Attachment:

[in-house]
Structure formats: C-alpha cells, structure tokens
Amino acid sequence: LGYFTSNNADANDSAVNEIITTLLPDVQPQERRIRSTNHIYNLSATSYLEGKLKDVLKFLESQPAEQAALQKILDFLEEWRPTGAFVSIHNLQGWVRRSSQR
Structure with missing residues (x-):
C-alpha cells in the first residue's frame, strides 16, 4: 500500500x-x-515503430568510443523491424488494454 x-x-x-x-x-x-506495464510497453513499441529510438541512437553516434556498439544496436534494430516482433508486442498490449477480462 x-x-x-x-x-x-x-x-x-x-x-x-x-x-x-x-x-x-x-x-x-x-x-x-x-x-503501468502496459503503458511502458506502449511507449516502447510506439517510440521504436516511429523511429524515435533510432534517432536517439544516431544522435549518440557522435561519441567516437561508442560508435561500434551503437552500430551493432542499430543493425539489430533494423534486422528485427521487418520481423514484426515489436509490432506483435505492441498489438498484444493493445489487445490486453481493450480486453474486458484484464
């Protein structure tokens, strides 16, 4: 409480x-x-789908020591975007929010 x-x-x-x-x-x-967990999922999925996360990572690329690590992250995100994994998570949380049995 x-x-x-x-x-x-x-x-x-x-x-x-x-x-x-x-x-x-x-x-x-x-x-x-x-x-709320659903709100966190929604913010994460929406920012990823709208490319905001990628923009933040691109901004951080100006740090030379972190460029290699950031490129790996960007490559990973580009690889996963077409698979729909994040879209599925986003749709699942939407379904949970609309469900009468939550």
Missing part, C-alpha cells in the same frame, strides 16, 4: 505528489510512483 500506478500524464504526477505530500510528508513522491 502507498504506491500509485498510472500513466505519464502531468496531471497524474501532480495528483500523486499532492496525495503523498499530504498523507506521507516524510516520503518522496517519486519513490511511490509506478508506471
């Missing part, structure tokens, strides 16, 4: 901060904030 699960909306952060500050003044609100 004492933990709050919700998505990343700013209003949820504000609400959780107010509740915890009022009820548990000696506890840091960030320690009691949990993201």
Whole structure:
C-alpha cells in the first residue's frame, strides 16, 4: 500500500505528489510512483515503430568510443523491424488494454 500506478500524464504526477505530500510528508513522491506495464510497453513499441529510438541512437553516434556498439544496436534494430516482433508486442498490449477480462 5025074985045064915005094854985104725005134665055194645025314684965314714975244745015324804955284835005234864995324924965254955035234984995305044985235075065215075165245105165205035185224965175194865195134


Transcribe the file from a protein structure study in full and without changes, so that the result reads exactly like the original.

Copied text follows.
[in-house]
Structure formats: C-alpha cells, structure tokens
Amino acid sequence: LGYFTSNNADANDSAVNEIITTLLPDVQPQERRIRSTNHIYNLSATSYLEGKLKDVLKFLESQPAEQAALQKILDFLEEWRPTGAFVSIHNLQGWVRRSSQR
Structure with missing residues (x-):
C-alpha cells in the first residue's frame, strides 16, 4: 500500500x-x-515503430568510443523491424488494454 x-x-x-x-x-x-506495464510497453513499441529510438541512437553516434556498439544496436534494430516482433508486442498490449477480462 x-x-x-x-x-x-x-x-x-x-x-x-x-x-x-x-x-x-x-x-x-x-x-x-x-x-503501468502496459503503458511502458506502449511507449516502447510506439517510440521504436516511429523511429524515435533510432534517432536517439544516431544522435549518440557522435561519441567516437561508442560508435561500434551503437552500430551493432542499430543493425539489430533494423534486422528485427521487418520481423514484426515489436509490432506483435505492441498489438498484444493493445489487445490486453481493450480486453474486458484484464
């Protein structure tokens, strides 16, 4: 409480x-x-789908020591975007929010 x-x-x-x-x-x-967990999922999925996360990572690329690590992250995100994994998570949380049995 x-x-x-x-x-x-x-x-x-x-x-x-x-x-x-x-x-x-x-x-x-x-x-x-x-x-709320659903709100966190929604913010994460929406920012990823709208490319905001990628923009933040691109901004951080100006740090030379972190460029290699950031490129790996960007490559990973580009690889996963077409698979729909994040879209599925986003749709699942939407379904949970609309469900009468939550």
Missing part, C-alpha cells in the same frame, strides 16, 4: 505528489510512483 500506478500524464504526477505530500510528508513522491 502507498504506491500509485498510472500513466505519464502531468496531471497524474501532480495528483500523486499532492496525495503523498499530504498523507506521507516524510516520503518522496517519486519513490511511490509506478508506471
């Missing part, structure tokens, strides 16, 4: 901060904030 699960909306952060500050003044609100 004492933990709050919700998505990343700013209003949820504000609400959780107010509740915890009022009820548990000696506890840091960030320690009691949990993201």
Whole structure:
C-alpha cells in the first residue's frame, strides 16, 4: 500500500505528489510512483515503430568510443523491424488494454 500506478500524464504526477505530500510528508513522491506495464510497453513499441529510438541512437553516434556498439544496436534494430516482433508486442498490449477480462 5025074985045064915005094854985104725005134665055194645025314684965314714975244745015324804955284835005234864995324924965254955035234984995305044985235075065215075165245105165205035185224965175194865195134